Wheat Ridge, Colorado

Founded: 1982

Privately owned

Employees: About 15

Colorado-inspired product development and a global supply chain keep Tom Fox and Bill cotton crazy through four seasons.

At Optic Nerve, sunglasses are a family business — and a way of life.

CEO Bill Cotton and VP of Product Design Tom Fox got into the sunglass business by way of their fathers, who both worked in the eyewear industry.

The duo started working together at Shades of Vail as teenagers in 1976. The shop, owned by Fox’s father, Ken, was a trendsetter in the pre-Sunglass Hut era.

“The store was the first of its kind in the world,” says Fox. “Everybody said, ‘You’re going to have a store that sells nothing but sunglasses and ski goggles? That’s crazy.’ But it was very successful.”

Cut to the early 1980s. Cotton and Fox were importing and distributing sunglasses all over Colorado. “We had Subarus that we loaded up and went all over the state,” says Cotton. “Tom went one direction and I went another.”

They got out of distribution in the ensuing decade and moved from Vail to Wheat Ridge to focus on manufacturing.

“We’re designers and importers now,” says Cotton. “We’re really focused on making top-quality sunglasses at a great price. We don’t believe you need $200 sunglasses to get out and enjoy the outdoors.”

To wit, the retail price of a pair of their budget brand, Mountain Shades, ranges from $10 to $40 and Optic Nerve sunglasses and goggles are typically $50 to $100.

The strategy has worked. Today the company makes about 500,000 pairs a year at factories in China and Taiwan. Cotton points to product quality as the key to the growth over the years. “If we made crappy products, it would all unravel,” he says.

Cotton says the Colorado lifestyle remains a key inspiration. “We’re a Colorado company with a green triangle. We’re very proud of that.”

And they practice what they preach, he adds. “Tom and I jump on our bikes first thing in the morning and we wear these products while we’re riding and snowboarding.”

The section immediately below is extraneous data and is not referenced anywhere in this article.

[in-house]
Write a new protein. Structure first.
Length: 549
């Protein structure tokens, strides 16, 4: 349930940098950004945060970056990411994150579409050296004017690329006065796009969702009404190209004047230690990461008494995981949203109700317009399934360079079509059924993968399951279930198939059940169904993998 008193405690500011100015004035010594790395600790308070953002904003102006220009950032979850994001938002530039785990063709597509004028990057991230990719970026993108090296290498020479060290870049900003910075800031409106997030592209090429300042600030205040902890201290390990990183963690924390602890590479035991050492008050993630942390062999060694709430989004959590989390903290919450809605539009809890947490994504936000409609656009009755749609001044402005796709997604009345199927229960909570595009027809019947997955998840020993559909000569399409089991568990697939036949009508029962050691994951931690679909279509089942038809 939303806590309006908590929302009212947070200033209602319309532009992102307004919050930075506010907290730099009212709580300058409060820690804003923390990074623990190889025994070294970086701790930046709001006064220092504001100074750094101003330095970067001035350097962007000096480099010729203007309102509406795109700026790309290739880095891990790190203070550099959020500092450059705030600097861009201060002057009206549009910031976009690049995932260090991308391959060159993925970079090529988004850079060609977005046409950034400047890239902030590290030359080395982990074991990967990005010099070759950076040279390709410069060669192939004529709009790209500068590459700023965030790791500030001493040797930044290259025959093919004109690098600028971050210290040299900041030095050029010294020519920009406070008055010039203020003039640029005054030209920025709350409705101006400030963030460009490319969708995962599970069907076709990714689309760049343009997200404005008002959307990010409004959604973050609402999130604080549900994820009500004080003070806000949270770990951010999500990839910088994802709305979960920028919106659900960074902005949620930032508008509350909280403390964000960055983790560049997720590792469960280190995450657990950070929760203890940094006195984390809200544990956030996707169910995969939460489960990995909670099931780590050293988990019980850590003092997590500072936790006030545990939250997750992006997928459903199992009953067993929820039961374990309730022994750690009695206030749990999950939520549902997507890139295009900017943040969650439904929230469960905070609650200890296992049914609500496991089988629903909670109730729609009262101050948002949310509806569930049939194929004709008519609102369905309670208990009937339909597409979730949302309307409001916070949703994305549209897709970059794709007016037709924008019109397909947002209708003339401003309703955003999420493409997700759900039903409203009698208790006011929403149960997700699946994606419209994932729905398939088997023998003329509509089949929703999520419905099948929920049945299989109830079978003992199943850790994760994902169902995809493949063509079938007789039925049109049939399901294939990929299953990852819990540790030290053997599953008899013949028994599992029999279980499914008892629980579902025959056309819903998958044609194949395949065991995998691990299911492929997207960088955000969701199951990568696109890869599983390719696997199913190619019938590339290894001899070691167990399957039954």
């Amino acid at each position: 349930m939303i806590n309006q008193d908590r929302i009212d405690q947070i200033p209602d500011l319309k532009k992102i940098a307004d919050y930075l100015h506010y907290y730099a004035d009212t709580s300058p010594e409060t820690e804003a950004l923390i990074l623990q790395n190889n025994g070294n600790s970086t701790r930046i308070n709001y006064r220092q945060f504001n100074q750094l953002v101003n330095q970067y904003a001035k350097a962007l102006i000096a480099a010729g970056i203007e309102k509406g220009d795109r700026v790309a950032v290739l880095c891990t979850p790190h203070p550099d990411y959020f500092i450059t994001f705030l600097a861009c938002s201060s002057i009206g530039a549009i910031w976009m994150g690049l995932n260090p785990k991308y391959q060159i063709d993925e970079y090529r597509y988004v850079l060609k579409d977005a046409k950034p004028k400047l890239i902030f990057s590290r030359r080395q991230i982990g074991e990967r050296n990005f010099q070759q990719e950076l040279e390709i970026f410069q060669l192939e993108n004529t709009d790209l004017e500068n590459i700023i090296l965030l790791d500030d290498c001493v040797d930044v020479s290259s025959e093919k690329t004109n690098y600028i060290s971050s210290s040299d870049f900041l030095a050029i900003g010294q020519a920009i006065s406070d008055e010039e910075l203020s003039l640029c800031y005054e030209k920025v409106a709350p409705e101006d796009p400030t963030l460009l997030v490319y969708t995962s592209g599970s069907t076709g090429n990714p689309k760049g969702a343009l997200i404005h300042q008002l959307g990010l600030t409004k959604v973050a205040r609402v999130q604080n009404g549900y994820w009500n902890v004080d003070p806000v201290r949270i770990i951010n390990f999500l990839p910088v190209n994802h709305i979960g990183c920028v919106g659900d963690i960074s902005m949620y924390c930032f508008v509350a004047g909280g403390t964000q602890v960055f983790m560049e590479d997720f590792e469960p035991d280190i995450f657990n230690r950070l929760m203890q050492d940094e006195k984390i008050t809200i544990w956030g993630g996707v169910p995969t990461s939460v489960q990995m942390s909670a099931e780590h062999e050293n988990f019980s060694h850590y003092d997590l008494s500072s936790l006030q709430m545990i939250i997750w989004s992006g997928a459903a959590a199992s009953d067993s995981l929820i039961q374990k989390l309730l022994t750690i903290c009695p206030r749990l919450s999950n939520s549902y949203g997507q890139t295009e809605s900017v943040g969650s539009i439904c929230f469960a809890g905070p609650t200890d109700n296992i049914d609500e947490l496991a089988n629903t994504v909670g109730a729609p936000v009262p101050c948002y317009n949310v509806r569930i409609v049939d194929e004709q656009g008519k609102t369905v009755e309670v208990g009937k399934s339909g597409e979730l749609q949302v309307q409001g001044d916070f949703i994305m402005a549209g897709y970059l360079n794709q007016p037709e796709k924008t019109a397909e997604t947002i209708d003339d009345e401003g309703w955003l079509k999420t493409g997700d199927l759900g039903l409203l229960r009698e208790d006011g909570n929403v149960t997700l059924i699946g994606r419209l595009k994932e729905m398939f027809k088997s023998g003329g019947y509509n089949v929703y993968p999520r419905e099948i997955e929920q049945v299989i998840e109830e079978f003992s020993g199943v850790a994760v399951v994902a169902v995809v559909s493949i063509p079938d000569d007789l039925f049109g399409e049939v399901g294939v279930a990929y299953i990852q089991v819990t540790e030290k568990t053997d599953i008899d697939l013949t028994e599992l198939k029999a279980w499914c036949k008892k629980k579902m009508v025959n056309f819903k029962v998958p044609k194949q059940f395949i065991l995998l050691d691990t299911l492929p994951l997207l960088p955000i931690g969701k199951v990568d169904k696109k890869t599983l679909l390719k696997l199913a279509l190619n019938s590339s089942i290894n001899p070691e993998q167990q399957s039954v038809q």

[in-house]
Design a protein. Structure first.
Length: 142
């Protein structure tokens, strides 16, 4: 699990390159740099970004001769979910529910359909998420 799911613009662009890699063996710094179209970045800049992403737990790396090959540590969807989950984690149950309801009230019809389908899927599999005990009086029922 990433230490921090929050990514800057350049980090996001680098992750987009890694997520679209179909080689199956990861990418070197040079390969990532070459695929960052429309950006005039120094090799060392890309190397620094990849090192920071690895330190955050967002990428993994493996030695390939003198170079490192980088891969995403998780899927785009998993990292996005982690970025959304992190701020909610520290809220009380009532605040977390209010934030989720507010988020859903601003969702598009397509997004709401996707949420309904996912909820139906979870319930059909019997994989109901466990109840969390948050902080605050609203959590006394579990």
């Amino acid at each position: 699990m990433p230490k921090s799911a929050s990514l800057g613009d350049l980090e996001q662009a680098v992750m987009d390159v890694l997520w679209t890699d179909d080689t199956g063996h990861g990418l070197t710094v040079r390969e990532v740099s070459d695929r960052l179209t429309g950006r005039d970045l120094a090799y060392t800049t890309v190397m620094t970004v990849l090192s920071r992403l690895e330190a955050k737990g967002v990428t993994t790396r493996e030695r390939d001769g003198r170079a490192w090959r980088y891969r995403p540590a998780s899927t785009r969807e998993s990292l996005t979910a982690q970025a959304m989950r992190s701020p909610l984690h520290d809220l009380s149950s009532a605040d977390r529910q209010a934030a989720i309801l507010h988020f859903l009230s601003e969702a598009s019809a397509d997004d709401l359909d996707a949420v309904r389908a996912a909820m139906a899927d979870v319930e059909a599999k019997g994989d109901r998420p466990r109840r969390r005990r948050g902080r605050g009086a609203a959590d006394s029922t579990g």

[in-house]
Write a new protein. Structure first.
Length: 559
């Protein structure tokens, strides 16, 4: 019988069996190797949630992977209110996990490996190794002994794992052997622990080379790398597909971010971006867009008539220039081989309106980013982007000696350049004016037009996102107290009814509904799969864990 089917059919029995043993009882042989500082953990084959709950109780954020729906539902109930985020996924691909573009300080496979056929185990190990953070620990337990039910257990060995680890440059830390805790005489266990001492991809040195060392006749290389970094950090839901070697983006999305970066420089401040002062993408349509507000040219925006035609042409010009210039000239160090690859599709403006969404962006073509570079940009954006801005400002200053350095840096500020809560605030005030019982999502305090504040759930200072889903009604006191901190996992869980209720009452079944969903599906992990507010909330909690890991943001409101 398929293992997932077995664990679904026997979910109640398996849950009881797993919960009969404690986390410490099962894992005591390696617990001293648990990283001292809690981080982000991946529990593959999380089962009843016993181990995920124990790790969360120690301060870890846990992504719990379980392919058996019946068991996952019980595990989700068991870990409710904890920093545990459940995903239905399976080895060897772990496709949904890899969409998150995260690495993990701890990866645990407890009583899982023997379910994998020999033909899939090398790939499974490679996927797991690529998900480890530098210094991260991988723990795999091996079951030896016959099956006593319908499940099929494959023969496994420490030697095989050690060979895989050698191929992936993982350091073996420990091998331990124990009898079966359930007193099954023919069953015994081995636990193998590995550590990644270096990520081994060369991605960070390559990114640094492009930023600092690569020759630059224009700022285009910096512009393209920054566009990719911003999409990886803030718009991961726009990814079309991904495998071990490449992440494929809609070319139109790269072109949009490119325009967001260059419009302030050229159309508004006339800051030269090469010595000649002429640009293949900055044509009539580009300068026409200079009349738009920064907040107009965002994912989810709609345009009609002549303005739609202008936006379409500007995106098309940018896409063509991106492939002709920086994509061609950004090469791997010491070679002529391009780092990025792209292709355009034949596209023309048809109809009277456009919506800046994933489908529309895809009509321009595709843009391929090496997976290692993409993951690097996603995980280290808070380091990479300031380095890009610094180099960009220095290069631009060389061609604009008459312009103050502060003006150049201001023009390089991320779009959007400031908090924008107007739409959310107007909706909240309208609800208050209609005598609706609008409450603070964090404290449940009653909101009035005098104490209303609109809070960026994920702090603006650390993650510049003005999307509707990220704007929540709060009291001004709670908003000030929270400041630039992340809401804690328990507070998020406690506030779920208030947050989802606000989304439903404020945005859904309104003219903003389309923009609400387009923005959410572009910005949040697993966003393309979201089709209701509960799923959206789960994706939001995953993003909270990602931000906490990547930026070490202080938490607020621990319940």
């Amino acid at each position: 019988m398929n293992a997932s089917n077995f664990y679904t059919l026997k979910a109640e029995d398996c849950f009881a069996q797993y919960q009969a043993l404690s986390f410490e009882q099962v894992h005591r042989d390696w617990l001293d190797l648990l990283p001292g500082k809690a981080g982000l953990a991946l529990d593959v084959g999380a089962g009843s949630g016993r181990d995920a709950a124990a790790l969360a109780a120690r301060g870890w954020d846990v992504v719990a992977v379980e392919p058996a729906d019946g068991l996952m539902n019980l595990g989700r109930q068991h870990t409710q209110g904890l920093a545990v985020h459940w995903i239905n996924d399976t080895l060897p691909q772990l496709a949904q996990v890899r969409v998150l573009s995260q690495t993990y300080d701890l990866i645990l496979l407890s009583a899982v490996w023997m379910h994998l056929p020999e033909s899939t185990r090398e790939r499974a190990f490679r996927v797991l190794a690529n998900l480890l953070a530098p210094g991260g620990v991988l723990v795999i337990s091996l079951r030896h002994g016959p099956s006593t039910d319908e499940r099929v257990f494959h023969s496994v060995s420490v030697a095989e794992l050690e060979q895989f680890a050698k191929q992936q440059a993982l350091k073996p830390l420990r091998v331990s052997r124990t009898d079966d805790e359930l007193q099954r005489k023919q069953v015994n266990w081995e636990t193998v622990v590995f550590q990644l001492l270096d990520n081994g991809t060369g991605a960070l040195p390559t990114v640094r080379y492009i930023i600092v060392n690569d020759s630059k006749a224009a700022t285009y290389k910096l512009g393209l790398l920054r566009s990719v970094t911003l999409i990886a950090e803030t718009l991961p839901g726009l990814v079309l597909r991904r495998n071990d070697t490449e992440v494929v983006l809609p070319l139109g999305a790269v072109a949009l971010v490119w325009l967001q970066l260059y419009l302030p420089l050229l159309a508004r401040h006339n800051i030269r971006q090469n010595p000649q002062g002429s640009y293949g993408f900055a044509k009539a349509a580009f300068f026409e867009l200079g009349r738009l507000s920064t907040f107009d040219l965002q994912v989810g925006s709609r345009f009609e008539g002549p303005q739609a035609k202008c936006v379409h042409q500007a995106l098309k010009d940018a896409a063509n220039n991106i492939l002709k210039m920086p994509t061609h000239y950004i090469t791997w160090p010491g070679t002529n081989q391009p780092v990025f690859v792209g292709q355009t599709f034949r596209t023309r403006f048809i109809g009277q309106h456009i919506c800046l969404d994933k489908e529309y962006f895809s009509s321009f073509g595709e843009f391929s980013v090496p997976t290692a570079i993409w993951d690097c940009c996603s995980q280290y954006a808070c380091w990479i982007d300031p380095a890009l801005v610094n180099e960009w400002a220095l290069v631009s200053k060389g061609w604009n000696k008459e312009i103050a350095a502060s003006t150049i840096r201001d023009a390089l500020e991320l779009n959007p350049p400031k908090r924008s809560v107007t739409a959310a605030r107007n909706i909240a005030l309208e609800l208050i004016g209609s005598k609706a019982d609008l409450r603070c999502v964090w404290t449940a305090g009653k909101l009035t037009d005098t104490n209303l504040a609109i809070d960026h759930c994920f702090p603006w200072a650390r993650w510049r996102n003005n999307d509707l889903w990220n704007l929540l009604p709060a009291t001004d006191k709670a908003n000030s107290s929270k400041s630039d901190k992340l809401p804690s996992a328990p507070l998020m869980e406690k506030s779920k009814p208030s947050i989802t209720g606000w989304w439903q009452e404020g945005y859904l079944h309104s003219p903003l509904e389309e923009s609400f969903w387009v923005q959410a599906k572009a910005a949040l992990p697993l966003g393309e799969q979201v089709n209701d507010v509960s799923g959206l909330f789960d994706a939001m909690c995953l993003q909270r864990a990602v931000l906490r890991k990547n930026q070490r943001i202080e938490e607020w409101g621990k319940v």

Fox heads up product design with an eye to the needs of an active lifestyle, helping guide the company into renewable materials in the last five years. His latest and greatest innovation is SideSwipe, a newly released sunglass system with four interchangeable lenses. Starting at $109, it’s also the first Optic Nerve product with a triple-digit retail price.

As rationale for developing the patent-pending product, Fox cites customer comments: “It’s so difficult. Can’t you make it easy to swap out lenses? I don’t want to break my frames.” He’s confident Optic Nerve has solved those problems with SideSwipe, and at a retail price that is notably below the industry standard.

Like sunglass design, manufacturing overseas is something of an art form. “We’ve developed long-term relationships with factories in China and Taiwan,” says Fox, noting that skilled labor is critical in sunglass manufacturing.

Cotton highlights a few “global challenges,” noting, “The factories are clearly aware of sustainability and workplace conditions. We have all of our top factories sign off on a compliance code of conduct.”

It’s a continual learning process. For the past few years, Fox has participated on a partner factory’s committee where he has been one of the only outsiders. “We celebrate successes, we walk through things, we learn,” he says. “I’ve brought this to our other factories.”

It’s paying off. Fox says he’s never understood Optic Nerve’s manufacturing logistics better, and the committees were the key to his continuing education.

Challenges: “To get our message out to a broader audience is challenging,” says Cotton. “We’re not going to arm wrestle with Oakley, so we need to be creative with our marketing.”

One campaign provided much-needed shades to athletes and coaches in the National Interscholastic Cycling Association. Cotton called it more “connecting” than marketing “We feel really good about doing it.”

Opportunities: Corrective sunglasses. “The optical market is one of the things we’re taking a strong look at,” says Fox, citing an aging demographic as well as badly designed products currently on the market. “You see people push their sunglasses up their noses all of the time, and that’s because they’ve been built with only one thing in mind: optical.”

Needs: Time, says Fox. The company’s lead time moves back a month every year. “2016 starts for me on the first of November,” he notes. “It’s a constant process. SideSwipe took us 18 months.”

“We need to keep innovating to keep up,” adds Cotton. “Everybody on our staff needs to innovate.”